Florida has the most invasive species of any state in the country, and half of the insects, reptiles, arachnids and crustaceans imported into the United States come through Florida ports, that’s according to researchers at the University of Florida. So, in an effort to identify invasive insects before they become prolific, UF/IFAS has created the Florida First Detectors program. The idea is to train stakeholders like Florida Master Gardeners, nursery managers, and farmers to identify invasive pests. We’re joined by Dr. Amanda Hodges, a UF/IFAS Extension scientist and co-author of a new invasive insects identification guide to learn more about the program and how people can get involved. We're also joined by Ian Bartoszek, Wildlife Biologist/Science Coordinator with the Conservancy of Southwest Florida to talk about his work with invasive reptiles like Burmese Pythons and the Argentine Black and White Tegu. And we'll learn more about FGCU's Campus Naturalist program with student Shawn Brunelle.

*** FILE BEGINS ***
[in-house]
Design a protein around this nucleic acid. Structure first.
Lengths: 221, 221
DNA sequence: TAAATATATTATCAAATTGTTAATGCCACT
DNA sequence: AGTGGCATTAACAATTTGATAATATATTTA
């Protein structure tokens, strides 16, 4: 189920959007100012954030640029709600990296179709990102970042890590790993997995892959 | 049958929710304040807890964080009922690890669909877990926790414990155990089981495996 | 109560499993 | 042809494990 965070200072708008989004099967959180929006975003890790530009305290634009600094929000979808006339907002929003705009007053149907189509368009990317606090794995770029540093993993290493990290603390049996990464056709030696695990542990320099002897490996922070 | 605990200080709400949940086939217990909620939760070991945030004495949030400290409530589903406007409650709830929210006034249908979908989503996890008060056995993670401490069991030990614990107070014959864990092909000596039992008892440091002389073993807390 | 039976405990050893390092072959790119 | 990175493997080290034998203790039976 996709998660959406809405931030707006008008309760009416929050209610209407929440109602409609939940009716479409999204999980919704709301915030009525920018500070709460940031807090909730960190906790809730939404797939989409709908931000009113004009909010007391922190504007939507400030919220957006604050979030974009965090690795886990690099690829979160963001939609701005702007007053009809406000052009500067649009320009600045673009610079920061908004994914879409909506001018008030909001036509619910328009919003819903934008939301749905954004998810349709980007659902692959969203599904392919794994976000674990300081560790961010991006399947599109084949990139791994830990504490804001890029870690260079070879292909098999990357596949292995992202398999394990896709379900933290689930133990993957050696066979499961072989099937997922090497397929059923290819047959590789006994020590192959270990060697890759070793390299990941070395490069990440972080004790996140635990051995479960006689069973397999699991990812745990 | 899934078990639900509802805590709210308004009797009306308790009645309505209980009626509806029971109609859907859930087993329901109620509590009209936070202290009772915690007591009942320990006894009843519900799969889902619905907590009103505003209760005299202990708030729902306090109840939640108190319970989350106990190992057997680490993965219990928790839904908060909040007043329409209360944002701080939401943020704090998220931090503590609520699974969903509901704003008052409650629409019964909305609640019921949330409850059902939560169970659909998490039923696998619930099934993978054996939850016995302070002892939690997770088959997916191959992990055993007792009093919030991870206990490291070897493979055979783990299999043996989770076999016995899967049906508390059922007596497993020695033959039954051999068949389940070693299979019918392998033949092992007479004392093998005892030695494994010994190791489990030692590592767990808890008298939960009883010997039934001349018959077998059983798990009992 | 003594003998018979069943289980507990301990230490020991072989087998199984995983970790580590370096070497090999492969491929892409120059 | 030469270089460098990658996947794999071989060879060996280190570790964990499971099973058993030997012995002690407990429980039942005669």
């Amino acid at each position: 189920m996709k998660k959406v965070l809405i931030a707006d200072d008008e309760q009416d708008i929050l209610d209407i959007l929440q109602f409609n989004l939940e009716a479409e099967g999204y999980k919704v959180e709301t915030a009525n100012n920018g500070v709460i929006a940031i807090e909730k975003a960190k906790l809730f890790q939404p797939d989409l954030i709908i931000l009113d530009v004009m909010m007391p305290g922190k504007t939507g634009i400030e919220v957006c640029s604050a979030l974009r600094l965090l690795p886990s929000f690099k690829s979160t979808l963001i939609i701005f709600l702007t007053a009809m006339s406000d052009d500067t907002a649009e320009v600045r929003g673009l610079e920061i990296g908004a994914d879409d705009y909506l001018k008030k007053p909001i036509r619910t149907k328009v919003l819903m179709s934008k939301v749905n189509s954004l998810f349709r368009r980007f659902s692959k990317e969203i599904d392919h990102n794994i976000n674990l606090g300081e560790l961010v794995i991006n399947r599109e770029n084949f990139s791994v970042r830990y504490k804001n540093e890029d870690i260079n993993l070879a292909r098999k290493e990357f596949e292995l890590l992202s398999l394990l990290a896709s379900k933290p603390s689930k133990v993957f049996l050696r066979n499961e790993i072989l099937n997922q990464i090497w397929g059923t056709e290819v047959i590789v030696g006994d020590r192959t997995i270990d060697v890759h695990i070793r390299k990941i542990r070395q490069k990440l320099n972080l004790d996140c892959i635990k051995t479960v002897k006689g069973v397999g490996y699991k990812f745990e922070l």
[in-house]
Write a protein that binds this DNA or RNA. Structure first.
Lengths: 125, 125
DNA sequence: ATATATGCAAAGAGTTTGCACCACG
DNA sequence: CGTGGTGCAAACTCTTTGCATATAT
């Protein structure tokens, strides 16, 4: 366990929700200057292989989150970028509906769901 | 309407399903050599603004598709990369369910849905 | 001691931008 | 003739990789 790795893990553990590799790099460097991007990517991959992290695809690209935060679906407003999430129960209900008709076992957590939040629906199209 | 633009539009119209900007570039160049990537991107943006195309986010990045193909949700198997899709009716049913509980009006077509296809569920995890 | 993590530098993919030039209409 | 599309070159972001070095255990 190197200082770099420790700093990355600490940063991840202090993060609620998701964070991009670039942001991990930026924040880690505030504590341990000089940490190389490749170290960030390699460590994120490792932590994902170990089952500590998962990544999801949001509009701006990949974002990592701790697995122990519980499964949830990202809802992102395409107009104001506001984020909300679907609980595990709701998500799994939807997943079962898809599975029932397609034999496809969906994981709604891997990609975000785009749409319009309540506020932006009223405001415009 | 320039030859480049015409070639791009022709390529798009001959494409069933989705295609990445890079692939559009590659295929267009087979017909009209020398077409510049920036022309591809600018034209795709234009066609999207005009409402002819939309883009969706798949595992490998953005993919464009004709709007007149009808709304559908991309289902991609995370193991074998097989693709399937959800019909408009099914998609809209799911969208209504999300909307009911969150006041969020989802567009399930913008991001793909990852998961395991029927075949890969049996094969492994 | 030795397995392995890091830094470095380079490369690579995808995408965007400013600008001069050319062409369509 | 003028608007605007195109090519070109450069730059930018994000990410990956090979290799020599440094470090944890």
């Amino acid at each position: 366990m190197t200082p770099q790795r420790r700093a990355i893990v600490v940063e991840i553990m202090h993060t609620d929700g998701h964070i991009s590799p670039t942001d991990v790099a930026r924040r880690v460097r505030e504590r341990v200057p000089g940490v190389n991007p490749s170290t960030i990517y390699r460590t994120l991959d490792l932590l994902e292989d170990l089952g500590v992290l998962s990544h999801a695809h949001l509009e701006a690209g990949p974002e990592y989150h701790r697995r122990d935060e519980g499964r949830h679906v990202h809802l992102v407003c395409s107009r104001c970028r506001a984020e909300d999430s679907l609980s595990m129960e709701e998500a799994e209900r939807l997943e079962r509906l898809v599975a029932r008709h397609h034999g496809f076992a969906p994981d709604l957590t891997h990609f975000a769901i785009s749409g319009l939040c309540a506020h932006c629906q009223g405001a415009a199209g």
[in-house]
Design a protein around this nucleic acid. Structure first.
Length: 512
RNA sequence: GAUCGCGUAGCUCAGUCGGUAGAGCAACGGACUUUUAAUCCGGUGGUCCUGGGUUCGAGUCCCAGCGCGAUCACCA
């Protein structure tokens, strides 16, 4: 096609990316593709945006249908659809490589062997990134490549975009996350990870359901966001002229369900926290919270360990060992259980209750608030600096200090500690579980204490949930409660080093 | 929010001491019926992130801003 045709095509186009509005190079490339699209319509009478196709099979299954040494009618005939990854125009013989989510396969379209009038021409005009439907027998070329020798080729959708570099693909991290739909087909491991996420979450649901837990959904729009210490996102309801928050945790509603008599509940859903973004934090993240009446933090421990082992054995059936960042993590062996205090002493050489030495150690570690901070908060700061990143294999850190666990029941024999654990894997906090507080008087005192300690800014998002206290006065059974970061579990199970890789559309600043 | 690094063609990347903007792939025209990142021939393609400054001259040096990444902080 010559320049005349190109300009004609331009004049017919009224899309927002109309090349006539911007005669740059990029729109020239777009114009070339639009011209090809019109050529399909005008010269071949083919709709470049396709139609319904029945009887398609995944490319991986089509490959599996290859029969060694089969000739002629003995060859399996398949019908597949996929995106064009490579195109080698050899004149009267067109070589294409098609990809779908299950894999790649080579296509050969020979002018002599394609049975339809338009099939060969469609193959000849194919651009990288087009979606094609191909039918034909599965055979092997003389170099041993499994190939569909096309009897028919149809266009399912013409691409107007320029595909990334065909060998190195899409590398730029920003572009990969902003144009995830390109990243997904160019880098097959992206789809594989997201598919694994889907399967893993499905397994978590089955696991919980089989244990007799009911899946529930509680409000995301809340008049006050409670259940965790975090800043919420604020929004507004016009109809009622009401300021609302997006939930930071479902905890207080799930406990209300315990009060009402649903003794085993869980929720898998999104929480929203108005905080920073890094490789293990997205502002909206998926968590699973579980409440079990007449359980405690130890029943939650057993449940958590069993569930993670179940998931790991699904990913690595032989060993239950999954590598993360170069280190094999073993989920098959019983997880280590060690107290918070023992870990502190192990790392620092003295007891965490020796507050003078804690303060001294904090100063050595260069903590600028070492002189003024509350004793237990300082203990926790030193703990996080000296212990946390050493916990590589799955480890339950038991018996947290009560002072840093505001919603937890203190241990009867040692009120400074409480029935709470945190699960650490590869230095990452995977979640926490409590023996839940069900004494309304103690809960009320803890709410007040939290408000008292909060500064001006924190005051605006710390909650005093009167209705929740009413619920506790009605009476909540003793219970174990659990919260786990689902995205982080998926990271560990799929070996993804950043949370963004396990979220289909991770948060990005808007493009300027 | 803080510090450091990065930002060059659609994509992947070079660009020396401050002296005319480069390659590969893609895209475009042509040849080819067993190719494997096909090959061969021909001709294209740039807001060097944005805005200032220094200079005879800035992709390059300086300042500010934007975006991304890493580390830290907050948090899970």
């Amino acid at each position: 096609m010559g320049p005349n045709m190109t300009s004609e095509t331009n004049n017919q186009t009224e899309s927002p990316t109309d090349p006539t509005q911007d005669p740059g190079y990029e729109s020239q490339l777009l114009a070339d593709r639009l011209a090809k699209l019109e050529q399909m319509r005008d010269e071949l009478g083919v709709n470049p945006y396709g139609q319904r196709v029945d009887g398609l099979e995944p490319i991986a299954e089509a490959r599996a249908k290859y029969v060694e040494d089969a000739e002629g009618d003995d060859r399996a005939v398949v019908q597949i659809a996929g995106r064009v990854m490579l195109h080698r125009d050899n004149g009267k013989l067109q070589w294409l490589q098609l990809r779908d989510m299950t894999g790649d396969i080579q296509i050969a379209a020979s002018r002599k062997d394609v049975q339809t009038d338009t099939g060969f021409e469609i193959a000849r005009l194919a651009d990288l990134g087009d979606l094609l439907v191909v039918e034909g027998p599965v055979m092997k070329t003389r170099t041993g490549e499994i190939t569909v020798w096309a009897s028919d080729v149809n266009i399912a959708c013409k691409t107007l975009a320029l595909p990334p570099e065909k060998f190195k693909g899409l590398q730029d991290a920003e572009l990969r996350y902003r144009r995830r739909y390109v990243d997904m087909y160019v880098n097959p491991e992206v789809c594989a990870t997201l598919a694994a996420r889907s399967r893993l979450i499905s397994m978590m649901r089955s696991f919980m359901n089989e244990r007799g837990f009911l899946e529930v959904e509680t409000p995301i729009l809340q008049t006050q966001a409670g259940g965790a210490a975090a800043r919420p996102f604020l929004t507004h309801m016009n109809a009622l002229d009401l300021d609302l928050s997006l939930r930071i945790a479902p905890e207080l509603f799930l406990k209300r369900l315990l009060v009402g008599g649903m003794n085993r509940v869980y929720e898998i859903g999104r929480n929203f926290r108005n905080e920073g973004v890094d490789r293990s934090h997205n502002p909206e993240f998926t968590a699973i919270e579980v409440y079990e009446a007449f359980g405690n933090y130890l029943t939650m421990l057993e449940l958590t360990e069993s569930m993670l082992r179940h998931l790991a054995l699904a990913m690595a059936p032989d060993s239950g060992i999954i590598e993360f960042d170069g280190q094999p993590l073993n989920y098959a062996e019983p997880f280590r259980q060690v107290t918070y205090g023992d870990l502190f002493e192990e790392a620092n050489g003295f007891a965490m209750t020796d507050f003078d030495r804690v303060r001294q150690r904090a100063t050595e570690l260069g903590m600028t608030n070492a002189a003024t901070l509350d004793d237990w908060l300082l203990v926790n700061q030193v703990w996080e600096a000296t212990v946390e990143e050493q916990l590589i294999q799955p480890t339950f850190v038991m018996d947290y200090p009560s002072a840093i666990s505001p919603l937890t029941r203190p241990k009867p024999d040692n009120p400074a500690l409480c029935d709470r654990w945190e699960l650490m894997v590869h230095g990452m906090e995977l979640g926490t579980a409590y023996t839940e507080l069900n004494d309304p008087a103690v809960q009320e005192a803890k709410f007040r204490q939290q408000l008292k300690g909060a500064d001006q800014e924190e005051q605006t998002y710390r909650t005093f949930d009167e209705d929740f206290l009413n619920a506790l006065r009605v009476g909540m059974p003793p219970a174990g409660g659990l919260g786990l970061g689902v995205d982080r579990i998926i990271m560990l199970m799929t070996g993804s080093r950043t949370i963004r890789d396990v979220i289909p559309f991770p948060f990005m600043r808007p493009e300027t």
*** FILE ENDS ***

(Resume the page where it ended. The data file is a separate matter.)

Dr. Hodges’ new Identification Guide to Florida’s Invasive Plant Pests is full of information and photographs of invasive plants. It’s available at the UF/IFAS Extension Bookstore. Members of the public who want to report the location of potentially invasive pests can do so at their UF/IFAS Extension county office, or they can send them to the UF/IFAS entomology insect identification lab.